2022 Undergraduate Research Applications Are Now Open – APPLY HERE
While BTI & Cornell offer various projects and opportunities for undergraduates, all selected students will be considered apart of one cohort and participate in joint activities during the 10-week program. The following areas represent the general types of research offered and are all a part of the same BTI Undergraduate Application Form. We encourage applicants with multiple interests to select projects across each area.
(NSF Funded REU)
At BTI, molecular biologists and computer scientists are working together at the forefront of biological discovery to solve real world problems. With novel technologies, researchers can now access entire genome sequences, and the details of the proteome, transcriptome, and metabolome of many organisms, to better understand biological systems and interactions. Though information-rich, the size and complexity of these data sets pose new challenges for scientists and society. The growing field of bioinformatics addresses these challenges.
Bioinformatics undergraduate researchers will focus on data analysis and developing computational tools and resources to store, analyze, and integrate large-scale “omics” data sets. Students applying with interests in bioinformatics projects should have some prior experience with computer programming, and an interest in the subject. Interested undergraduate students should apply through the BTI application form and select projects within the “Bioinformatics” section.
Plant Genome Research Program
(NSF & USDA Funded REU)
Undergraduate students participate in the Plant Genome Research Program (PGRP) summer internship program and learn how basic plant research can be applied to protect the environment, enhance human health, and improve agriculture. PGRP undergraduate researchers gain knowledge of plant genomics and scientific research by working closely with their mentors, postdoctoral fellows, and graduate students in a laboratory setting. Undergraduate researchers will learn the latest molecular biology techniques and bioinformatics tools while working on a supervised, independent research project within the framework of the assigned laboratory’s research program. Interested undergraduate students should apply through the BTI application form.
Programmable Plant Systems
(NSF Funded REU with CROPPS Science and Technology Center)
The Center for Research on Programmable Plant Systems (CROPPS) unites plant scientists, engineers, computer scientists, and social scientists to develop technologies that will enable seamless, bidirectional communication between humans and plants. The relevant technologies fuse synthetic biology, nanotechnology, optics, and computing to gain access to the internal biological processes of plants and their associated organisms such as, for example, soil microbes. The Center aims for these technologies to give new access to the biological processes that connect genes to traits, to guide the process of plant selection, engineering, and editing for improved crops, and to enable sophisticated management of crops in the field for improved sustainability and productivity. Summer undergraduates in this program will be hosted and mentored by interdisciplinary teams that include expertise in both plant science and technology development. Undergraduate applicants with backgrounds in biology, engineering, or computing are encouraged to apply and should select projects from the “CROPPS” section within in the BTI application form.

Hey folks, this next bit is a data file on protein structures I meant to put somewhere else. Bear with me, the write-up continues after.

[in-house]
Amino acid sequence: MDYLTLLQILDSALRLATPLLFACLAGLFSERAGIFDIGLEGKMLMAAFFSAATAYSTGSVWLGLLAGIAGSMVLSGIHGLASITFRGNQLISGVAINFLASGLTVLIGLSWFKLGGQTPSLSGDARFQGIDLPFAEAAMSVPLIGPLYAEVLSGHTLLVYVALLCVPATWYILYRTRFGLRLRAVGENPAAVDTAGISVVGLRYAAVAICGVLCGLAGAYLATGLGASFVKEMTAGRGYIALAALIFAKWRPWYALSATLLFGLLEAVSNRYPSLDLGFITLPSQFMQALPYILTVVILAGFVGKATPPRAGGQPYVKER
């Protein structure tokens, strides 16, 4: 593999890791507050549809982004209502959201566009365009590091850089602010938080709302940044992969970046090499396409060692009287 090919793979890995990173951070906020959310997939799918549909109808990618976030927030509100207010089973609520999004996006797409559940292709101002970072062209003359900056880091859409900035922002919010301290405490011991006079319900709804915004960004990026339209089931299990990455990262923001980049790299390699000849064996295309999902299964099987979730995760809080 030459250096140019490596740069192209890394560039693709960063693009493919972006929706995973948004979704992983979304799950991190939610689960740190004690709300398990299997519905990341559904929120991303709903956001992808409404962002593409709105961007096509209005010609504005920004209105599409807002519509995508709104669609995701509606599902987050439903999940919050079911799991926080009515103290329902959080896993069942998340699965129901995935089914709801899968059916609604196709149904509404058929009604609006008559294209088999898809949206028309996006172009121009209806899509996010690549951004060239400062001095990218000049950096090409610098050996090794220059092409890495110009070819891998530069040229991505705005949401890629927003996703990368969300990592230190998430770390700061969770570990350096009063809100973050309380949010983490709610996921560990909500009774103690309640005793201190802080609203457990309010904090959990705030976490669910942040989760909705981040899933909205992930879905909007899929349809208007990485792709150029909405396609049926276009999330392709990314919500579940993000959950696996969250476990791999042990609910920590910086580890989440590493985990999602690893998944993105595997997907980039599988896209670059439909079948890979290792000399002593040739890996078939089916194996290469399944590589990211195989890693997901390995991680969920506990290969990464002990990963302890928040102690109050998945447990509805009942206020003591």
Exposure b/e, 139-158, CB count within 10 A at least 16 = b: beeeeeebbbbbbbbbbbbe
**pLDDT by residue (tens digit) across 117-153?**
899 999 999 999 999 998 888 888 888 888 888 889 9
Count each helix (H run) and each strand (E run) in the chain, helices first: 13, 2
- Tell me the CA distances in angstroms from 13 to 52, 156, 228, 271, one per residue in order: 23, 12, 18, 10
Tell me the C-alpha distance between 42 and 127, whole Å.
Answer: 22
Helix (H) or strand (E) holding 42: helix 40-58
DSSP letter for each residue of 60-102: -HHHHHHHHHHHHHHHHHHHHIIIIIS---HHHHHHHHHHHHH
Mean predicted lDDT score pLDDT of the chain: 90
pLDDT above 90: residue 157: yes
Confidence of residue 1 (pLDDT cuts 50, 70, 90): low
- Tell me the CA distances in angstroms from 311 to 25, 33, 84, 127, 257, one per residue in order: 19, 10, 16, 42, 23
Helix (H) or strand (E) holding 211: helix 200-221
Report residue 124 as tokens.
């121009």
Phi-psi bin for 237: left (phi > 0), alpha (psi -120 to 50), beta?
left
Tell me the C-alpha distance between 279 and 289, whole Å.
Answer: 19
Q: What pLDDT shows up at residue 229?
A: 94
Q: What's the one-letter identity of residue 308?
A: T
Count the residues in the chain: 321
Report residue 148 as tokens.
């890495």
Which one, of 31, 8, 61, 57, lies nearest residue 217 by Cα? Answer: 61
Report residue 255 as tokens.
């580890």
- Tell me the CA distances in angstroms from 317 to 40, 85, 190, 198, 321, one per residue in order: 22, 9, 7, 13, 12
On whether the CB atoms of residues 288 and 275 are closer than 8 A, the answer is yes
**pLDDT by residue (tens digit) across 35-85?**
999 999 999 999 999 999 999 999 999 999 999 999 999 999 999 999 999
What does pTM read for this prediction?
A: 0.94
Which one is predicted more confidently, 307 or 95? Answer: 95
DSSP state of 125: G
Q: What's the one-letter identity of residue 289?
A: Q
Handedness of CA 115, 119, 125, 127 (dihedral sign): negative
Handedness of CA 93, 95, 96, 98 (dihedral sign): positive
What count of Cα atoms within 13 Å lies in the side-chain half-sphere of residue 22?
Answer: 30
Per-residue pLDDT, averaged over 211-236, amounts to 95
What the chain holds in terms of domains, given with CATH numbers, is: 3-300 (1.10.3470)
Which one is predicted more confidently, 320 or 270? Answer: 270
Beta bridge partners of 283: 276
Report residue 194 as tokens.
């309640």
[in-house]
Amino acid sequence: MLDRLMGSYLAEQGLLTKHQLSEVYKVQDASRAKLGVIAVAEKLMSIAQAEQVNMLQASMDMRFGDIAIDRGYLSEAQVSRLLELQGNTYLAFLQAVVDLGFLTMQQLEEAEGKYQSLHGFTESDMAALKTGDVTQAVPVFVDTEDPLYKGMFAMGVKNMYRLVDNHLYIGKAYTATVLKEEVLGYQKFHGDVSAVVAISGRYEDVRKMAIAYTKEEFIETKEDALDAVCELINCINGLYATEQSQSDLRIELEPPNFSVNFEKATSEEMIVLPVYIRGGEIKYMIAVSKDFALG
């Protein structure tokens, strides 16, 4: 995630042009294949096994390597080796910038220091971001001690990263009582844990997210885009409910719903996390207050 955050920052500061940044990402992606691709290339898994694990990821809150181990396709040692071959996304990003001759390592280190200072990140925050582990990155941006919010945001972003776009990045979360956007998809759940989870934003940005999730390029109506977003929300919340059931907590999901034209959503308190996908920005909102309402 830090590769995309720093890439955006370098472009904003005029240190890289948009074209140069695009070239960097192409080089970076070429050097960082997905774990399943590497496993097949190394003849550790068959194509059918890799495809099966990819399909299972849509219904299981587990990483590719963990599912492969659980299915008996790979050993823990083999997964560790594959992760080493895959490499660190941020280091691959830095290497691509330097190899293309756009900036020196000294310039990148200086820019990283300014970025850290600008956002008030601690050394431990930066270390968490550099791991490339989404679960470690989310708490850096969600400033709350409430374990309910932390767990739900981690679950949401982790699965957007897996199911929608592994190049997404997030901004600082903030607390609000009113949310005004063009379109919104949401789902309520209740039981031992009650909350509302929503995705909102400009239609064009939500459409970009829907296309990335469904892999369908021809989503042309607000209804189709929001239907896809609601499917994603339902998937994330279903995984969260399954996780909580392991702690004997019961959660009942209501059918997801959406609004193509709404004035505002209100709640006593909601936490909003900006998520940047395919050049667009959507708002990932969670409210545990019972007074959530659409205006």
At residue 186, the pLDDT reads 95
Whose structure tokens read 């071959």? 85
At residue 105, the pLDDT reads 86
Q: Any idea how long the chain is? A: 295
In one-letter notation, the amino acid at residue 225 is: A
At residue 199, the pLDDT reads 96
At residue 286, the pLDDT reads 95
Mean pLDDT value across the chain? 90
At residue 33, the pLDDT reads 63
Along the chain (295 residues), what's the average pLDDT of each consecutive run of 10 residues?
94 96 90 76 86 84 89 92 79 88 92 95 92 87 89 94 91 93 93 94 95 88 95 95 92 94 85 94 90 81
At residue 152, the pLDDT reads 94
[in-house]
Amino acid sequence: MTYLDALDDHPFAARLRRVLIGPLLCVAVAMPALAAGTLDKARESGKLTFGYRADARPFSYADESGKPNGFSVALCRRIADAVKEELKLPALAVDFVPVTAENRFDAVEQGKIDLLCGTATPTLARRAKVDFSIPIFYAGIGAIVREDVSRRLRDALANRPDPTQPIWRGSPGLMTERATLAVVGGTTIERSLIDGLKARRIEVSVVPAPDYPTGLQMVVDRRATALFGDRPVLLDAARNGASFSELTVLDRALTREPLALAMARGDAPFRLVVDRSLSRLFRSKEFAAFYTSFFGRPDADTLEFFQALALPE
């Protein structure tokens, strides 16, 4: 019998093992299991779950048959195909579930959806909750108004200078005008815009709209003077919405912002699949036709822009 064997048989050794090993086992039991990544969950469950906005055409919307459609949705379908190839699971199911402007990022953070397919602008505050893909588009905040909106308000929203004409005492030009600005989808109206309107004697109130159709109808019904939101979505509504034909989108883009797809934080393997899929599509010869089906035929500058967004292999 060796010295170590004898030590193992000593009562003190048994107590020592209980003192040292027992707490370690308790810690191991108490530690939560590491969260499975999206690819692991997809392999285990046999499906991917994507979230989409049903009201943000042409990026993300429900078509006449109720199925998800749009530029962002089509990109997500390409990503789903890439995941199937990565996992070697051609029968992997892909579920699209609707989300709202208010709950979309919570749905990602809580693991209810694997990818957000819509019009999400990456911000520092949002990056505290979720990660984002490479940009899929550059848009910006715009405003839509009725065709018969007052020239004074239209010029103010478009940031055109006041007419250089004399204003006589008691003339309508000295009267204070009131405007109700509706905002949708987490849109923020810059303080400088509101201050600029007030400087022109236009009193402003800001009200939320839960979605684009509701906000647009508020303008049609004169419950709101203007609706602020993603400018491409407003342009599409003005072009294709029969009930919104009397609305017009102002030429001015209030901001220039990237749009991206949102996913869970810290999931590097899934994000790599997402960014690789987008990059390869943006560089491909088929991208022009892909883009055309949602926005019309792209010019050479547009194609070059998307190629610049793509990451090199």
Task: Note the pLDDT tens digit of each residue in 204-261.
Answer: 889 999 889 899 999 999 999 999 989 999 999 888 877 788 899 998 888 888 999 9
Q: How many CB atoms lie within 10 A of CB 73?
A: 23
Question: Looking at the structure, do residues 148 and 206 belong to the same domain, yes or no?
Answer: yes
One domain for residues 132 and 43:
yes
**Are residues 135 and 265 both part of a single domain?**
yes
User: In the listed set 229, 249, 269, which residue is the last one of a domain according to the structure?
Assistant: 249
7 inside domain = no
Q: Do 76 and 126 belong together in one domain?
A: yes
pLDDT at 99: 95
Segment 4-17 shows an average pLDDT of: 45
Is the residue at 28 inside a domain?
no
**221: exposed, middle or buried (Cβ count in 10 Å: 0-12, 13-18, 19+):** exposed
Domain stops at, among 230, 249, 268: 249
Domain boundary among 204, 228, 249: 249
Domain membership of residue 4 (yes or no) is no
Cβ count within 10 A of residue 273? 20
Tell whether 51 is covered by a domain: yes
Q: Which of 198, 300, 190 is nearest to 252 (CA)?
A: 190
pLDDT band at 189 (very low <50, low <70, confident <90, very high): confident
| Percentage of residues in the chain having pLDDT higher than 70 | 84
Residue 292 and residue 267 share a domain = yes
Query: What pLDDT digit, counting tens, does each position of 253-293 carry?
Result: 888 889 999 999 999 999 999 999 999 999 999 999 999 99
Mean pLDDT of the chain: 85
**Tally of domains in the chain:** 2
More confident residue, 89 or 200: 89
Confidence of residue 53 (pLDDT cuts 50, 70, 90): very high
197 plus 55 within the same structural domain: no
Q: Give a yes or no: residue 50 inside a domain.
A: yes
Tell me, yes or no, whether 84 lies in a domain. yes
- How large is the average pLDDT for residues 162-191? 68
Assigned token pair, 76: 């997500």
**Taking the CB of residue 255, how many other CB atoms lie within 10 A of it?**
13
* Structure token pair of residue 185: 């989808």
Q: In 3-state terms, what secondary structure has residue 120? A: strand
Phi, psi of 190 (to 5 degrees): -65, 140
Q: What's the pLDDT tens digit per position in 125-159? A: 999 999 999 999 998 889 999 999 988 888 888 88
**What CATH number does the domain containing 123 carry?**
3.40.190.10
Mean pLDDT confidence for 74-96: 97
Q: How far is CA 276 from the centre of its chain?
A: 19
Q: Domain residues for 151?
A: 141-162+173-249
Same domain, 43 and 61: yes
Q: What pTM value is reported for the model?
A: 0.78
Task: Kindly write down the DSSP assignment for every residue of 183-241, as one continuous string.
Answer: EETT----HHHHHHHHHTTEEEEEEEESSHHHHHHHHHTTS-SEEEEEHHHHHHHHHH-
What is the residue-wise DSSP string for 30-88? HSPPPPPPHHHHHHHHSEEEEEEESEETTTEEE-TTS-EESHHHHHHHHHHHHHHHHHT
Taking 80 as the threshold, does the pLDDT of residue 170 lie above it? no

Read the stories of former Boyce Thompson Institute (BTI) interns!
An Oberlin University undergraduate majoring in Biology and minoring in Rhetoric and Composition, Emily Humphreys joined BTI’s Plant Genome Research Program summer intern program in 2020. In addition to utilizing the program’s primary purpose of gaining research experience and learning about scientific careers, Emily approached the communications team to gain additional scientific writing experience on top of her regular workload. Emily wrote two press releases as well as four blog posts, deftly weaving scientific internship topics with her personal thoughts and experiences during the pandemic.
Originally from Elmira, NY, Brandon was an undergraduate REU intern in Maria Harrison’s lab in 2017, when he studied transcription factors involved in the symbiosis between arbuscular mycorrhizae and the barrelclover plant with Penelope Lindsay as his mentor. After obtaining his bachelor’s degree in biology from SUNY Cortland, he entered the Ph.D. program at Cornell, where he is working to use synthetic biology to create plants that act as biotic sensors. Brandon also spent time in the Van Eck lab in 2018-2019, during which he mentored a PGRP intern in goji berry transformation.
“Working at BTI has solidified in me a passion in conducting research driven towards helping people.”
Emmanuel spent his summer in the Giovannoni Lab researching cold tolerance in tomato hybrids. Emmanuel has a strong interest in botany that intersects with his love of photography outside of the lab.
“I wanted to gain the skills to become a scientist and eventually use them to bring about good to human and plant life. My passion for plant science has greatly evolved and strengthened; this is my chosen career path.”
Internships are funded by the National Science Foundation, Research Experiences for Undergraduates Award #1358843, individual faculty grants, and the generosity of donors including the Emerson Foundation , Ithaca Garden Club, John Ben Snow, the Legacy Foundation of Tompkins County, Rheonix, Triad Foundation Inc, Yunis Realty , and many individual donors.